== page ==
We produced CA as previously described13 from the growth medium of SC12078 bacteria K-12, a CA-overproducing strain.20 Briefly, SC12078 was inoculated into 2 l of Luria broth (LB) medium containing 0.4% glycerol and 10 µg/ml chloramphenicol. Use of chloramphenicol is required to maintain this CA-overproducing strain. The culture grew at 37 °C in a shaker incubator at 230 r.p.m. overnight (O/N) to an OD600 between 4.5–4.7. The cells were shaken manually in the flask briefly to obtain more CA into the culture medium. The culture was centrifuged at 6000 × g for 15 min at 4 °C. The supernatants were pooled and the pellet was discarded. The volume of the supernatant was reduced using an Amicon filter apparatus and the YM30 membrane according to manufacturer’s instructions (Millipore, Billerica, MA, USA). Three volumes of icecold EtOH were added to the retentate and placed on ice for 15 min to precipitate the CA. The precipitate was collected by centrifugation at 10 000 × g for 15 min at 0 °C to yield a clear supernatant. The pellet was dissolved in sterile water using the least amount of water required. The mixture was dialyzed in sterile water O/N at 4 °C with three changes. The empty tube that would store the pellet was weighed. The mixture was then placed into this tube and lyophilized to dryness. The tube containing the pellet was then weighed. The final weight of the pellet was determined by subtracting the weight of the empty tube plus cap from the weight of the tube and cap containing the pellet. A 2% solution of the pellet was prepared by dissolving in sterile water. Solid ammonium sulfate was added to saturate the sample to 90%. At this point in the process, both antigen O and CAwere precipitated. The precipitate was collected by centrifugation at 10 000 × g for 15 min at 0 °C to yield a clear supernatant. The pellet was dissolved in sterile water using the least amount of water required. The sample was dialyzed in sterile water O/N at 4 °C with three changes. The sample was lyophilized to dryness and dissolved in 150 ml of 0.1 M sodium phosphate, pH 7.2. Then 37.5 ml of hexadecyltrimethylammonium bromide (cetavlon; also named cetrimide) were added to precipitate the CA. Cetavlon was prepared by dissolving 2.5 g of cetrimide in 100 ml of 2% NaOH. This solution was heated briefly at 40 °C before use until a uniform solution appeared with no particulates. The precipitate was collected by centrifugation at 10 000 × g for 15 min at 0 °C to yield a clear supernatant. The pellet was dissolved in 100 ml of 1 m NaCl. Then three volumes of ice-cold EtOH were added, and the mixture was placed on ice for 15 min to precipitate the CA. The precipitate was collected by centrifugation at 10 000 × g for 15 min at 0 °C to yield a clear supernatant. The pellet was dissolved in sterile water using the least amount of water required and dialyzed in sterile water O/N at 4 °C with three changes. The sample was lyophilized to dryness and the weight of CA was determined as stated above. The pellet was dissolved in sterile water using the least amount of water required, and the percentage solution was recorded and listed on the storage vial labels. The vials containing CA were stored at −25 °C.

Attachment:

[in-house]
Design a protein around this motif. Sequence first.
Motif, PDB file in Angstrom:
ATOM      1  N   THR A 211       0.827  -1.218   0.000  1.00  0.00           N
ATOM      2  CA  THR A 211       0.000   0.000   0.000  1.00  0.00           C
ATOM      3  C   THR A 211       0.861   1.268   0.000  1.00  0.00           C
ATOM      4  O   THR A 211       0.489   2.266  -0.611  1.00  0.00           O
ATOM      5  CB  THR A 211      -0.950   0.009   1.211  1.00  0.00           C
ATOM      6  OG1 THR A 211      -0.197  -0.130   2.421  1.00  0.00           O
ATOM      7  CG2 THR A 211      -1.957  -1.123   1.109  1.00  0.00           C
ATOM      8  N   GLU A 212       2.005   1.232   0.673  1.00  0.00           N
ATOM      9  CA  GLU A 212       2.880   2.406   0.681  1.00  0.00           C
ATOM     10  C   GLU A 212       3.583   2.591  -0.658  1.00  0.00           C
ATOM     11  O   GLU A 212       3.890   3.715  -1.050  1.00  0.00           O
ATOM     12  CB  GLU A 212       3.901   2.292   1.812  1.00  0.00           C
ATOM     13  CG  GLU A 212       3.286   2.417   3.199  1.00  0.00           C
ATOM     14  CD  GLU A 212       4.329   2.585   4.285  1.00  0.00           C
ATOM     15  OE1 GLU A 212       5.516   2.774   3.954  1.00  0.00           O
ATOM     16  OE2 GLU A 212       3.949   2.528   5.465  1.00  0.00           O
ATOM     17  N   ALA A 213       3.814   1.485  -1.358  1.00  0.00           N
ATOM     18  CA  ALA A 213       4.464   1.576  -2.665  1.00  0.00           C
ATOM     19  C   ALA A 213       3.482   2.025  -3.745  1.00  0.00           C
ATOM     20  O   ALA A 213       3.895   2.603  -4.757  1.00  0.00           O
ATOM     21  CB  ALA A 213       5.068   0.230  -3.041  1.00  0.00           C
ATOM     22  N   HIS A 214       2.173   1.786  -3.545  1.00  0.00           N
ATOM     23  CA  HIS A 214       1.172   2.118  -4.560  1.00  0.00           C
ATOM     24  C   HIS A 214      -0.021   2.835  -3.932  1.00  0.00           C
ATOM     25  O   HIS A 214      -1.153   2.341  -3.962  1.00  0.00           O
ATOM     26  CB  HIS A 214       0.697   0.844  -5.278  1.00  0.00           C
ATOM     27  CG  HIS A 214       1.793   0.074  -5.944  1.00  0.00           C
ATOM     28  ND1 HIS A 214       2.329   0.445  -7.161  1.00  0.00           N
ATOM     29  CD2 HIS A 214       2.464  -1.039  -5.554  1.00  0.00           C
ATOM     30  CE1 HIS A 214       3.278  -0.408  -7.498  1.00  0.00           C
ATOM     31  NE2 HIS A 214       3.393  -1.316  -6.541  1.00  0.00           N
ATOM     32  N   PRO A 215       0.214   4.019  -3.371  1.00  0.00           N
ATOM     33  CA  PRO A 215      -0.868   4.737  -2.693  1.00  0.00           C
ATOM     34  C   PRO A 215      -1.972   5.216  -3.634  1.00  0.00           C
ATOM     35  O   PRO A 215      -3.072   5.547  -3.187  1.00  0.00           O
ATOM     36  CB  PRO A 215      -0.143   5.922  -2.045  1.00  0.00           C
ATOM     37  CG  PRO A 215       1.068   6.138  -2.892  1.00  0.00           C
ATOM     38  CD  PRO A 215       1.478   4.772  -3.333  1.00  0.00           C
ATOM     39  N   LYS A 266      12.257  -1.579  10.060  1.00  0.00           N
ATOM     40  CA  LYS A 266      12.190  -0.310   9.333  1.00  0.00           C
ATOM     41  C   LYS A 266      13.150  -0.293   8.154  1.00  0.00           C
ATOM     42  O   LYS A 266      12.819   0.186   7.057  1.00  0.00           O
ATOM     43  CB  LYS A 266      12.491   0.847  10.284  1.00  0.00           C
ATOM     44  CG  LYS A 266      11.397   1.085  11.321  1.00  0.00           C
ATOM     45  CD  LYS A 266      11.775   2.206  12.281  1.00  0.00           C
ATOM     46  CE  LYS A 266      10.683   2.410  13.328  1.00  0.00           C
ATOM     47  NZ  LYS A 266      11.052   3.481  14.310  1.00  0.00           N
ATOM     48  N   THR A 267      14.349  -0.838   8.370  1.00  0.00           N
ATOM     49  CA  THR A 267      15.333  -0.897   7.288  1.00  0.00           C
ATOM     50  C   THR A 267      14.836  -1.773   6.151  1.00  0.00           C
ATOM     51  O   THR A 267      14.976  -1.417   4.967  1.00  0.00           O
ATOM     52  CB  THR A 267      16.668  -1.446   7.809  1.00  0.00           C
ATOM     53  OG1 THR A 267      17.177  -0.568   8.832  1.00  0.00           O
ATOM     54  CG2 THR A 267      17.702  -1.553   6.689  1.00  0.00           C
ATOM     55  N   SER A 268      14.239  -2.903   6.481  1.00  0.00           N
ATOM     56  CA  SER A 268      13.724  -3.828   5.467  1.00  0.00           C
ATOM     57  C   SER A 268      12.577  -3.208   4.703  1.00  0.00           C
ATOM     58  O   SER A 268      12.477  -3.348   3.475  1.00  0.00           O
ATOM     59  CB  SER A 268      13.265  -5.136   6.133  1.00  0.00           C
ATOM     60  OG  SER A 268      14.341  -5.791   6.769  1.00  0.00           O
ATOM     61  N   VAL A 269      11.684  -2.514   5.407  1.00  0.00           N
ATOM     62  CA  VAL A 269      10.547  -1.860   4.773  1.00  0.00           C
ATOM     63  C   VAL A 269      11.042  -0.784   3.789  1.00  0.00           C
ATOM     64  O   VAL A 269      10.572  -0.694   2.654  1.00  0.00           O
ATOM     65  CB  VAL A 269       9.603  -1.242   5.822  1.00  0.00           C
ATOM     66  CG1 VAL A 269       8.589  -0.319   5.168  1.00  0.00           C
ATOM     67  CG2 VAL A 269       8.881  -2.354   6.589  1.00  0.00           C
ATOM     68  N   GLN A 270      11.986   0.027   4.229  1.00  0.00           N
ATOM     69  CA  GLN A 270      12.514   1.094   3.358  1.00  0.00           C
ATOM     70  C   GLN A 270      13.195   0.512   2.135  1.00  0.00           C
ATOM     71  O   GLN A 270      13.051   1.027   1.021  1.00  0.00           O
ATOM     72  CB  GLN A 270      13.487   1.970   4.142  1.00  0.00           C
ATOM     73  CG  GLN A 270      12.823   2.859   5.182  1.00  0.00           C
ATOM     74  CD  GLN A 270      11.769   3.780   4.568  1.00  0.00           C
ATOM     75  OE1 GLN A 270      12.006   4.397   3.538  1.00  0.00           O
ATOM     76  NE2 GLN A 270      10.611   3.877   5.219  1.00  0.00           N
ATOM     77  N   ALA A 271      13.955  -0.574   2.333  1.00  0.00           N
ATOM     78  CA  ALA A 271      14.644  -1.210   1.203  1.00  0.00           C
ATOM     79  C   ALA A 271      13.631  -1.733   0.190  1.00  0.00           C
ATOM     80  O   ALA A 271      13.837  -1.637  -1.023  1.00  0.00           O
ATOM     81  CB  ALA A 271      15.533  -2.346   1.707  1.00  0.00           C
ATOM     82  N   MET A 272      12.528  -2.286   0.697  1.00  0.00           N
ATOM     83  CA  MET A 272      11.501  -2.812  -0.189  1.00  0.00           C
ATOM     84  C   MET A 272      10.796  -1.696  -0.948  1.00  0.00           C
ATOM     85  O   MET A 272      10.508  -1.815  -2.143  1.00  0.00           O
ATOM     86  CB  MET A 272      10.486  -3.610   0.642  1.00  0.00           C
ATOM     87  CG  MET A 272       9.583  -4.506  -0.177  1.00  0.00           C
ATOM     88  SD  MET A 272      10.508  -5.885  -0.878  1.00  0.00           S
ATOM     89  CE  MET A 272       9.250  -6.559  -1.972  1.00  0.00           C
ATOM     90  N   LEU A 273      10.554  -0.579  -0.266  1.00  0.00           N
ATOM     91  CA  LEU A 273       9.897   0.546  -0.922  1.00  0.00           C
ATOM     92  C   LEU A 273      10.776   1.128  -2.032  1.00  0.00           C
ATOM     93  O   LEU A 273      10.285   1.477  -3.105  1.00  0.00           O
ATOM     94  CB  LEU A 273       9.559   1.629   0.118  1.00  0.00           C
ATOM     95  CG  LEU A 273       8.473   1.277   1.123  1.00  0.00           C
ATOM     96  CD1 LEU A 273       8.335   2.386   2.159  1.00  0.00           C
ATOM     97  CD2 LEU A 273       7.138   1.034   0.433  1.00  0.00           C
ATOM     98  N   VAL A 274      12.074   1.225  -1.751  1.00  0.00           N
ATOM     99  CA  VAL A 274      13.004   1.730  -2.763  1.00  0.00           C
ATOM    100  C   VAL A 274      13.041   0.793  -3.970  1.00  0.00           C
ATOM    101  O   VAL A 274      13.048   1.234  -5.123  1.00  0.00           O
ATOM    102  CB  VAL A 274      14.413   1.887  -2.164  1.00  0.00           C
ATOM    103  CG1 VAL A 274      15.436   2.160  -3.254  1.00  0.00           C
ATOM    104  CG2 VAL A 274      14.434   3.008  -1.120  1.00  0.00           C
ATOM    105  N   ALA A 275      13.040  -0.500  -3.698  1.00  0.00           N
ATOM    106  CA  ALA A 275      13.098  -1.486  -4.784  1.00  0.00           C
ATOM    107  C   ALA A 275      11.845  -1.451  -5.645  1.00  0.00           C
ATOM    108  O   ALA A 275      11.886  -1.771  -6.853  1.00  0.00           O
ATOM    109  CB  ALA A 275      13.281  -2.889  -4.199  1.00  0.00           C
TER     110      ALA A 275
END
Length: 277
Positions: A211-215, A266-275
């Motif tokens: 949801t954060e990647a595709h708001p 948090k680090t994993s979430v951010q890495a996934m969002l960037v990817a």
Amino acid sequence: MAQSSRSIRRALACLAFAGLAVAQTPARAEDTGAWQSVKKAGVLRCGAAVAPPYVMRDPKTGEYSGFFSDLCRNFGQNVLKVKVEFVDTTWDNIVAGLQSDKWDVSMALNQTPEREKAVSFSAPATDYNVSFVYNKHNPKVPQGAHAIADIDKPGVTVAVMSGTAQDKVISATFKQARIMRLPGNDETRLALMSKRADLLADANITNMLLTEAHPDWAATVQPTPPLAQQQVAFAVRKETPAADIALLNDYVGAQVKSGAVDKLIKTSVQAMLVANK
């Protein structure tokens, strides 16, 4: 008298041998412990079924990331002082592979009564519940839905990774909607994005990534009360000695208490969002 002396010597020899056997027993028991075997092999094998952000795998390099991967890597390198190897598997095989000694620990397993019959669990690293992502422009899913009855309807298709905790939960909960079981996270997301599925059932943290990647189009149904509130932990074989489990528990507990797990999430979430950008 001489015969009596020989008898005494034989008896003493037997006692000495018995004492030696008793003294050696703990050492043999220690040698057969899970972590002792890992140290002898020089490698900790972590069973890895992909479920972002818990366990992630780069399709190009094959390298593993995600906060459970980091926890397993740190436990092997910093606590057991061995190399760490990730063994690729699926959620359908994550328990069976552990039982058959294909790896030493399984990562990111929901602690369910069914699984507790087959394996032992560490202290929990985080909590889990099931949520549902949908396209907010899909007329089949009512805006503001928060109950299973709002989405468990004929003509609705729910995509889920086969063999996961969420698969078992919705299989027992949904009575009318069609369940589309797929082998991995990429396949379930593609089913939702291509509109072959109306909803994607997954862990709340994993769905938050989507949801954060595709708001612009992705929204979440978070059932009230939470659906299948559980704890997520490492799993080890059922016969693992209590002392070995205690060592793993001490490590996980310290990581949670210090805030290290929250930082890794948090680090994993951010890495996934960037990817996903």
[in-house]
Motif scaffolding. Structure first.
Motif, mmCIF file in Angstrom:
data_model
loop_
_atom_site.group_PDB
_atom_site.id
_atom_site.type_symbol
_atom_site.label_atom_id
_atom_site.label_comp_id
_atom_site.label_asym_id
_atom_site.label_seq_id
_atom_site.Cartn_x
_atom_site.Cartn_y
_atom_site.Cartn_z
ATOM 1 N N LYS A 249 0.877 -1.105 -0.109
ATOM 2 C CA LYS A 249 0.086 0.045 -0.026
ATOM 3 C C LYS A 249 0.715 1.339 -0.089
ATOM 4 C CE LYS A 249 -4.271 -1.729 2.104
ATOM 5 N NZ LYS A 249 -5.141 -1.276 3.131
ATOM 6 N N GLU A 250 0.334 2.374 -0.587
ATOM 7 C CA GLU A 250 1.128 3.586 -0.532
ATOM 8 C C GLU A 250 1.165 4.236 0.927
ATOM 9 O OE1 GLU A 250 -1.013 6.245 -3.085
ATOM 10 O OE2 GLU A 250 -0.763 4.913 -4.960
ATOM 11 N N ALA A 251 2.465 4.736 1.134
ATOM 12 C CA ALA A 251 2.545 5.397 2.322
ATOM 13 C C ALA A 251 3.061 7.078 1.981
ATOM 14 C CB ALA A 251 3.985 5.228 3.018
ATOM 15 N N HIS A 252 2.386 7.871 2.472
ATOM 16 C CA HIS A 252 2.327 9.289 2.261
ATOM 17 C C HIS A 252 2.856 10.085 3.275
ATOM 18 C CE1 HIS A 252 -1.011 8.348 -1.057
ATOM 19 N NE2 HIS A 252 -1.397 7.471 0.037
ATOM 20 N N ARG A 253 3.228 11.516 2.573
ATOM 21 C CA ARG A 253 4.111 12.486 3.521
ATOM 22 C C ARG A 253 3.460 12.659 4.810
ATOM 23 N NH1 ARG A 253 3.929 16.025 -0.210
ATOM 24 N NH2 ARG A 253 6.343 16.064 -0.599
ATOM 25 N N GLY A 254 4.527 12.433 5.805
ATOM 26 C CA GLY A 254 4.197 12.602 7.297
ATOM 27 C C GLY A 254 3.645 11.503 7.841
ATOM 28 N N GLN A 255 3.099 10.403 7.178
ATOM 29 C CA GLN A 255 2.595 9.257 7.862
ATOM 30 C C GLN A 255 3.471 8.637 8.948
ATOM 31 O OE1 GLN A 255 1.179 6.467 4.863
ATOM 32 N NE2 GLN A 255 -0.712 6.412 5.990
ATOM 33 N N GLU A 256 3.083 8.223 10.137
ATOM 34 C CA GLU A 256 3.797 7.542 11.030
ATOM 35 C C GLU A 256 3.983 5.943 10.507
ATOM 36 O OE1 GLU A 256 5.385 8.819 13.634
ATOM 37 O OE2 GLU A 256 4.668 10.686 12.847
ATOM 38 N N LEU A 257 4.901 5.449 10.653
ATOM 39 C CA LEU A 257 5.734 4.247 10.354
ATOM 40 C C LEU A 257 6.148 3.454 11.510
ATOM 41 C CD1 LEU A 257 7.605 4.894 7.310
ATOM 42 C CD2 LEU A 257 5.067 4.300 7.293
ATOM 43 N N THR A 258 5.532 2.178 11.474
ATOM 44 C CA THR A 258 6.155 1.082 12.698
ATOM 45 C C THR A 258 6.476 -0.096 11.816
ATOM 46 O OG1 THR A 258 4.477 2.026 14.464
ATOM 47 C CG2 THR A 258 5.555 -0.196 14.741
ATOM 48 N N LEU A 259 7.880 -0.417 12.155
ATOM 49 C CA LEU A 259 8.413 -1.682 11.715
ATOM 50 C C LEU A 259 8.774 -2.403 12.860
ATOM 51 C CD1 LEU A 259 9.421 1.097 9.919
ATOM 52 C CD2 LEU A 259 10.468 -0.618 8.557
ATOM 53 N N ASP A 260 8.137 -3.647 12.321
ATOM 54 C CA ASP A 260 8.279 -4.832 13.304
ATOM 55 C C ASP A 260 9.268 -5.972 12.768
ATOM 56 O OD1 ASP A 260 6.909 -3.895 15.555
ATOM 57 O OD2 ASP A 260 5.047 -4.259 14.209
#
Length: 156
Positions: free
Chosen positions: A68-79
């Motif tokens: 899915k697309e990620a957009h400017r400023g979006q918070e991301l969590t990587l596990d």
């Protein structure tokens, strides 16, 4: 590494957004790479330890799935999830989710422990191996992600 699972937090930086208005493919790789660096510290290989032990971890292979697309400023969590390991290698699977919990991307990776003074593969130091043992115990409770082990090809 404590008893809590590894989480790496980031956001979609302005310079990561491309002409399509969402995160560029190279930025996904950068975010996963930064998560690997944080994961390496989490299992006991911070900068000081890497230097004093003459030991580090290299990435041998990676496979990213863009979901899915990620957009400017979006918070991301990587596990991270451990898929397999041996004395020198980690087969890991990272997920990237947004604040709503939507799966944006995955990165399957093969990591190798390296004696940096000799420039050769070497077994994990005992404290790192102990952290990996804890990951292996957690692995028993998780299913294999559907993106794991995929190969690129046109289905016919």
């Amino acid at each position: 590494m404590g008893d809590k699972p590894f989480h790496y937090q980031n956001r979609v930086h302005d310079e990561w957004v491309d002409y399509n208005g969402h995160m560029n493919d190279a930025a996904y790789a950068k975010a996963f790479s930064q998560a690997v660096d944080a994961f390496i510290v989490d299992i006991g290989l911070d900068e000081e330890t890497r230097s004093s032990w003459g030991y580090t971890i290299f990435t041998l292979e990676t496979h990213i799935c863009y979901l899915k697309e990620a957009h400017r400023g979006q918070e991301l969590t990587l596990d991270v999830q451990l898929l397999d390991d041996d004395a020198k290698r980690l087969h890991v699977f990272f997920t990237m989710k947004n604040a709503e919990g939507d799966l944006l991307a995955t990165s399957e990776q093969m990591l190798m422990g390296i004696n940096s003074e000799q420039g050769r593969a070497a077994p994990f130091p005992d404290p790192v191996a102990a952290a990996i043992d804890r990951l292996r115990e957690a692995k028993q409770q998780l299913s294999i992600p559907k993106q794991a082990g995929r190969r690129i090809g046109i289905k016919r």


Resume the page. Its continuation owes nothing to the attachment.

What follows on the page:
We isolated a previously unidentified bacteriophage (phage), the NST1 phage, by its ability to form plaques on SC12078 bacteria. Briefly, SC12078 was inoculated into tubes with 5 ml of LB medium containing 0.4% glycerol and 10 µg/ml chloramphenicol and grown O/N. In total, 10-fold serial dilutions were prepared that contained five different NST1 phage particle numbers including 102, 101, 100, 10−1 and 10−2. Particle number was based on 1 µl of phage stock containing approximately 107 phage particles. 200 µl of the O/N growth were mixed with 1 µl of the phage stock to make the 107 concentration of phage. Dilutions containing 180 µl of O/N bacterial growth were mixed with 20 µl of the next higher concentration of phage. These dilutions were plated by quickly mixing each into 3 ml of LB+glycerol top agar, 0.7% agarose at 55 °C. The mixtures were quickly poured onto LB+10 µg/ml chloroamphenicol plates. The plates were incubated upside down at 37 °C for 5 h. After incubation, the plates containing phage plaques were stored at 4 °C. This process was used both to isolate the phage initially and was repeated once per month to maintain the NST1 phage. Growth of this phage was performed by inoculating phage plugs in the presence of SC12078 O/N cultures. Briefly, SC12078 was inoculated into LB medium containing 0.4% glycerol and 10 µg/ml chloramphenicol and allowed to grow at 37 °C in a shaker incubator O/N at 230 r.p.m. In total, 15 ml of the O/N culture were inoculated into each 1.5 l of LB medium containing 0.4% glycerol and 10 µg/ml chloramphenicol in three 4 l flasks. These cultures were allowed to grow at 37 °C in a shaker incubator at 230 r.p.m to an OD600 between 0.12–0.67, for approximately 2–4 h. Each 1.5 l SC12078 culture was inoculated with 30 NST1 phage plugs and grown at 37 °C with shaking at 230 r.p.m O/N. Growth was continued to an OD600 of 4.5–4.7. The cultures were centrifuged at 4200 r.p.m at 4 °C for 5 min. The supernatants containing the NST1 phage were collected for use in purifying the full-length CAE and were stored at −80 °C. The pellets containing bacterial cells and debris were discarded.